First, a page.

The idea of a worry box is for children to create a special place they can put their worries, so that they are ‘out’ of their heads but still held somewhere safe. Worry boxes give them something physical to do with a worry so they can acknowledge it, but don’t feel the need to carry the worry around inside their head anymore. Simultaneously, the process of writing out a worry makes it real – it makes them feel validated and safe that something is holding their anxious thoughts for them. For most children relief is almost immediate because the worry is contained and felt more manageable.
Another benefit of a worry box is that it helps develop and foster the mindfulness skill of observing thoughts, as opposed to getting tangled or caught up in them, helping kids to understand that thoughts are just thoughts – that they can be let go and just ‘noted’.
Worry boxes can be explained to children in the following way:
Step 1: Normalise worry
We all worry – sometimes we worry lots, and sometimes just a little bit – it’s a normal thing our brain does as a way to keep us safe. Worries are just thoughts, and often they are thoughts about things that might happen, not things that are actually happening. Sometimes our brain worries about too many things at once, or about the same thing and we can get stuck. When we get stuck, it can mean we can’t focus on things, or do things we want to do, or it might make us feel big feelings like anger or sadness or really scared.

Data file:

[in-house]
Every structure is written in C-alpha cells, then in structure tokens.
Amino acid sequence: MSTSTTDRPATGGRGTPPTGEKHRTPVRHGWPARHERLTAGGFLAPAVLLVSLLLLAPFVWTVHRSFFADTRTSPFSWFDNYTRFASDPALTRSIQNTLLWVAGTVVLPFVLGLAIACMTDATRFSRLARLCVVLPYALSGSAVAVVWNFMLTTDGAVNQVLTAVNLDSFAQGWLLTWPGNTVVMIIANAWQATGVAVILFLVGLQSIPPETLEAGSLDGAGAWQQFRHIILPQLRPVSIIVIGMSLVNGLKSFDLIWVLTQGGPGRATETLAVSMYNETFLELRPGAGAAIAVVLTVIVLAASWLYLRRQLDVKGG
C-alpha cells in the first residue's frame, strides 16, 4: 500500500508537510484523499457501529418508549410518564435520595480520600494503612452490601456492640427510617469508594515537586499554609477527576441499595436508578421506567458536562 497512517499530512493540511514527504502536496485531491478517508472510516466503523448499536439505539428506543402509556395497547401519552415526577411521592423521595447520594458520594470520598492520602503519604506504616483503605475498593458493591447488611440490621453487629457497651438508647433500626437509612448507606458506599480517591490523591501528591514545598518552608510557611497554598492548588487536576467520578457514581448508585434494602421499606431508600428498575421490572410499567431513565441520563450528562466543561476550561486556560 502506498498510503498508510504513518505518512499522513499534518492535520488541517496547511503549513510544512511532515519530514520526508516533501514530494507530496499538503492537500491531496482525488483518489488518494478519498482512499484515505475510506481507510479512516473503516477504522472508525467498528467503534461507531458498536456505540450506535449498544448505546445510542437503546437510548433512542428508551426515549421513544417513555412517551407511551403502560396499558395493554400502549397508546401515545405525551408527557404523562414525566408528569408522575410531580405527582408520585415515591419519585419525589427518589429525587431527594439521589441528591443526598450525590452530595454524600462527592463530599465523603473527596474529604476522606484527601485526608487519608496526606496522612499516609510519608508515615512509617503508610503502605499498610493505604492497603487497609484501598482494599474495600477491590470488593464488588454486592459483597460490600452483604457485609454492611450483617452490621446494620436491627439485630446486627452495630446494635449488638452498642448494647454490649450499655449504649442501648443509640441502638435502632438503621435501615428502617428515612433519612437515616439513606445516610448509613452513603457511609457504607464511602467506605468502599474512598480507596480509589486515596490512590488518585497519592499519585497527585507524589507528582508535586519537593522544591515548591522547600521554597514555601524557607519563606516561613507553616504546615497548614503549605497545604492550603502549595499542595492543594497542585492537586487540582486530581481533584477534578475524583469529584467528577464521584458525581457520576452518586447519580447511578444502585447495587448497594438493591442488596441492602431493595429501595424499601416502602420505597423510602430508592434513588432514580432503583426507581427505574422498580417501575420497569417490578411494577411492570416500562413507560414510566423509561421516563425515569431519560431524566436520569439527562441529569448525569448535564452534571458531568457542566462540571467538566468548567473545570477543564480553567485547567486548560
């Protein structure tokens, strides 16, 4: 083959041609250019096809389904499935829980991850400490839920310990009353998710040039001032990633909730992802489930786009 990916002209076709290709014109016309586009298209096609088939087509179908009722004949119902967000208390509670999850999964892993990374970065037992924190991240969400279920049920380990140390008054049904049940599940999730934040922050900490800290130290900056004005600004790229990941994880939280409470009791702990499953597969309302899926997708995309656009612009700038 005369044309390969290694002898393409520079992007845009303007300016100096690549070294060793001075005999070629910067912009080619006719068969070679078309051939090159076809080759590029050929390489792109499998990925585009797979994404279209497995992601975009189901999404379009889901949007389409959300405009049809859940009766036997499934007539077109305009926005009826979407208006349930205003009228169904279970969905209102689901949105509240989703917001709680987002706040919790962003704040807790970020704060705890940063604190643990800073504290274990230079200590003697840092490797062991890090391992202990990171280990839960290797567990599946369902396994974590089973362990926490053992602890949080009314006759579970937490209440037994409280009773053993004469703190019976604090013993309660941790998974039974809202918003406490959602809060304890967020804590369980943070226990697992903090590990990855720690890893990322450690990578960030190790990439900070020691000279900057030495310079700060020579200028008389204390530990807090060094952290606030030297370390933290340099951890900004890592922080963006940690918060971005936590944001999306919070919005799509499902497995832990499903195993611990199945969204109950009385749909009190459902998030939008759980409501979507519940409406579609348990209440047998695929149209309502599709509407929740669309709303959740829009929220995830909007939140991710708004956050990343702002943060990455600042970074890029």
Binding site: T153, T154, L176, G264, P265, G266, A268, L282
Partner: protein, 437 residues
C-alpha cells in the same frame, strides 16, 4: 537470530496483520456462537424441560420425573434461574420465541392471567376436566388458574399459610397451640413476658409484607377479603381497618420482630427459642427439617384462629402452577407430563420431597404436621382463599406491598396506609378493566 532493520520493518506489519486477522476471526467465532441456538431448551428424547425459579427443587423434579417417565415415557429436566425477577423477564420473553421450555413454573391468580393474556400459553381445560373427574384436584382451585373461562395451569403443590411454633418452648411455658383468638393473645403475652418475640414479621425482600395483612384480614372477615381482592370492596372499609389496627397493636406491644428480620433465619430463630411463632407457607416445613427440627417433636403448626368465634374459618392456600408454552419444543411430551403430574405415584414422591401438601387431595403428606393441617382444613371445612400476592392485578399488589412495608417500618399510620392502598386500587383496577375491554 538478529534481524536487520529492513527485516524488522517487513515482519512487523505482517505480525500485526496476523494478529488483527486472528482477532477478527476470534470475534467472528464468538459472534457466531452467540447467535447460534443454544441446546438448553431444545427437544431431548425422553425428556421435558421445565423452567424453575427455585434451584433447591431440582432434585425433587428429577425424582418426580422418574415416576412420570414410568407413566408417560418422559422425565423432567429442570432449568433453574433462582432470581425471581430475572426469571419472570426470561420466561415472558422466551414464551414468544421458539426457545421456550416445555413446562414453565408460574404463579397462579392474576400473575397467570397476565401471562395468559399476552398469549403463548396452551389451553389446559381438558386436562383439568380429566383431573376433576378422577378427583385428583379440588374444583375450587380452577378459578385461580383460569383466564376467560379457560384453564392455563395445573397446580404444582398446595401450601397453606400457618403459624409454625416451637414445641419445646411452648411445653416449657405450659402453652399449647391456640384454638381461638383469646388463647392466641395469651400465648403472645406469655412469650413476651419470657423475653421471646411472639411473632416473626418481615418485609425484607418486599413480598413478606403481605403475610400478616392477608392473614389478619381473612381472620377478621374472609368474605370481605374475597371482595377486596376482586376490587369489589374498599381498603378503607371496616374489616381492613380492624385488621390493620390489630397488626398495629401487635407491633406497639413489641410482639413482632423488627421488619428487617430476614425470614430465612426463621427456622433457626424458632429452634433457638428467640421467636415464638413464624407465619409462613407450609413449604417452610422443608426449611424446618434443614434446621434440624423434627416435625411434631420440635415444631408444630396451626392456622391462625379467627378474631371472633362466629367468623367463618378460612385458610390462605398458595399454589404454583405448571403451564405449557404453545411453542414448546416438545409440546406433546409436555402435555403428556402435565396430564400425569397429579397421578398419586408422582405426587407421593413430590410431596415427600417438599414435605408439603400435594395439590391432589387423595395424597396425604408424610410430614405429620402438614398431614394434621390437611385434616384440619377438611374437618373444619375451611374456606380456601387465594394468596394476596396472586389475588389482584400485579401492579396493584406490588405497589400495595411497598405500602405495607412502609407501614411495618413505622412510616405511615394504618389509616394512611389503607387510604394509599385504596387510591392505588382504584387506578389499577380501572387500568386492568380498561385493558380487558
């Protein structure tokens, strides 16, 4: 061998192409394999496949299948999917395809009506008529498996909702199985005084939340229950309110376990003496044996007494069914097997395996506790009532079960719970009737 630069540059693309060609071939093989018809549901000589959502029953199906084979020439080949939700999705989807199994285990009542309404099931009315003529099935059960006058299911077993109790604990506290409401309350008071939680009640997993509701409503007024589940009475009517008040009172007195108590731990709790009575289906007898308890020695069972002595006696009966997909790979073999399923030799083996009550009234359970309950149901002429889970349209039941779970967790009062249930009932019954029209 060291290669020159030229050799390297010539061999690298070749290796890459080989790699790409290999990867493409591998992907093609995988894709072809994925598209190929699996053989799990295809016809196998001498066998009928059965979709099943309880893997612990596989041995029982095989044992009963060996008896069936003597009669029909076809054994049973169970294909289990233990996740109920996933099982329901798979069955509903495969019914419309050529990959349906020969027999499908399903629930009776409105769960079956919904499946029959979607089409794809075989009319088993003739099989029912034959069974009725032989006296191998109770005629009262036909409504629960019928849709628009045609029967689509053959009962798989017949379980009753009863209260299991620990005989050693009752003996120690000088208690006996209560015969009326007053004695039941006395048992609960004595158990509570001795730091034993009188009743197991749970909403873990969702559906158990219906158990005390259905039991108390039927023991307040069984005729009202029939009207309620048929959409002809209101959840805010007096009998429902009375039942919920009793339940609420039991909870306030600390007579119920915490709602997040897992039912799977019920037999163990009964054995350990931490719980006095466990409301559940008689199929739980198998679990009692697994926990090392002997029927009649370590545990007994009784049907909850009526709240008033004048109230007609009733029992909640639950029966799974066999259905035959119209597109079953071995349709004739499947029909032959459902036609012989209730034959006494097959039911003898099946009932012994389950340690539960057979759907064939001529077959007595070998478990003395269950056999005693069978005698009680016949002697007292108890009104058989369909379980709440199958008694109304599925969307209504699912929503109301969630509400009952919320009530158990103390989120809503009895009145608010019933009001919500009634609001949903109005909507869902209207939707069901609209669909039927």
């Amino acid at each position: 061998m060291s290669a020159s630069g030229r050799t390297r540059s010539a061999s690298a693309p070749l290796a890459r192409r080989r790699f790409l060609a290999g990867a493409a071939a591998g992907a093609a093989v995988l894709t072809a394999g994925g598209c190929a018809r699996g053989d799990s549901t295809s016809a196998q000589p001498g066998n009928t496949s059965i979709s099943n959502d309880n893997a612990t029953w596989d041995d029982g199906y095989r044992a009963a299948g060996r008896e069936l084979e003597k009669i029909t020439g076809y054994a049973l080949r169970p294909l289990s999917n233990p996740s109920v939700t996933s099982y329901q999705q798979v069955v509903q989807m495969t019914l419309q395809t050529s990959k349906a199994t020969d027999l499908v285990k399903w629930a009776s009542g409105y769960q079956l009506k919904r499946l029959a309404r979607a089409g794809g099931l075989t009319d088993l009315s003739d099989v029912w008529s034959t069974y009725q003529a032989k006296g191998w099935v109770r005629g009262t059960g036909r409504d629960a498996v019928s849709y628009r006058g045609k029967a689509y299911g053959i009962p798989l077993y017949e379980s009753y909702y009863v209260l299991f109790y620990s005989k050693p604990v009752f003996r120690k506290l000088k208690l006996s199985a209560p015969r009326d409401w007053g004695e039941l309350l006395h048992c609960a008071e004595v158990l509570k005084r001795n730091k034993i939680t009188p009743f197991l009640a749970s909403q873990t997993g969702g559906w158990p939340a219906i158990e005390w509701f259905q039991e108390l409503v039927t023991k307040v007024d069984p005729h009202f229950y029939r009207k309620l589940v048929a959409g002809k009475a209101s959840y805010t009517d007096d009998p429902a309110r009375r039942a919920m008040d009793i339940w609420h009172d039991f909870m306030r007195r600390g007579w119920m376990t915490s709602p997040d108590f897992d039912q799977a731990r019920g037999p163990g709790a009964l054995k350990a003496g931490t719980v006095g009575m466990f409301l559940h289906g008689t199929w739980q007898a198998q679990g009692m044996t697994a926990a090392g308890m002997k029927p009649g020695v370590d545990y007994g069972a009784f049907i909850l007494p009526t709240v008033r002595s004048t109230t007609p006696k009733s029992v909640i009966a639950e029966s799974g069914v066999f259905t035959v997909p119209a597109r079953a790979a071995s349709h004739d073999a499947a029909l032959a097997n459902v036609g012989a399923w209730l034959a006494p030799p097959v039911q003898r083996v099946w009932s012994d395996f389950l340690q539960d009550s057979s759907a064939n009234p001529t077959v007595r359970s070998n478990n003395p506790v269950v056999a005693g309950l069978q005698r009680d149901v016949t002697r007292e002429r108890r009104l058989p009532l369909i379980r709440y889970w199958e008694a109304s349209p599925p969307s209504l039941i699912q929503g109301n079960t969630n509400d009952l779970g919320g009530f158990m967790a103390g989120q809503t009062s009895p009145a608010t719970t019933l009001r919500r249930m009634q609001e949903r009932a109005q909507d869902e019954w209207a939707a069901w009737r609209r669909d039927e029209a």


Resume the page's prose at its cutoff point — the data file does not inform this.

Step 2: Introduce the worry box
We are going to make a special box, a worry box, that you can be in charge of making, to be a special place for you to put your worries - to keep them safe and so that you don’t have to hold on to them so tightly inside your head. When you have a worry, you can write it or drawn it and you can put your worries into the worry box - no worry is too big or too small or too silly to go in the worry box. Once your worry is in the box it can stay in there for as long as you want.
Step 3: Explore how the worry box will work
Once you have put your worries in the box – you can decide when we will empty the box together and go thru the worries. Maybe later today, or tomorrow, or we can decide another time together. When we look through the worries, some of them might not be worrying you anymore – we can throw those worries away. The ones that are still worrying you, we can work them out together.
Create your worry box:
- Take your special box Brave or Able came in, or any box – tissue boxes and shoe boxes work great too.
- Create a ‘mouth’ or a ‘gap’ that you can put worries into.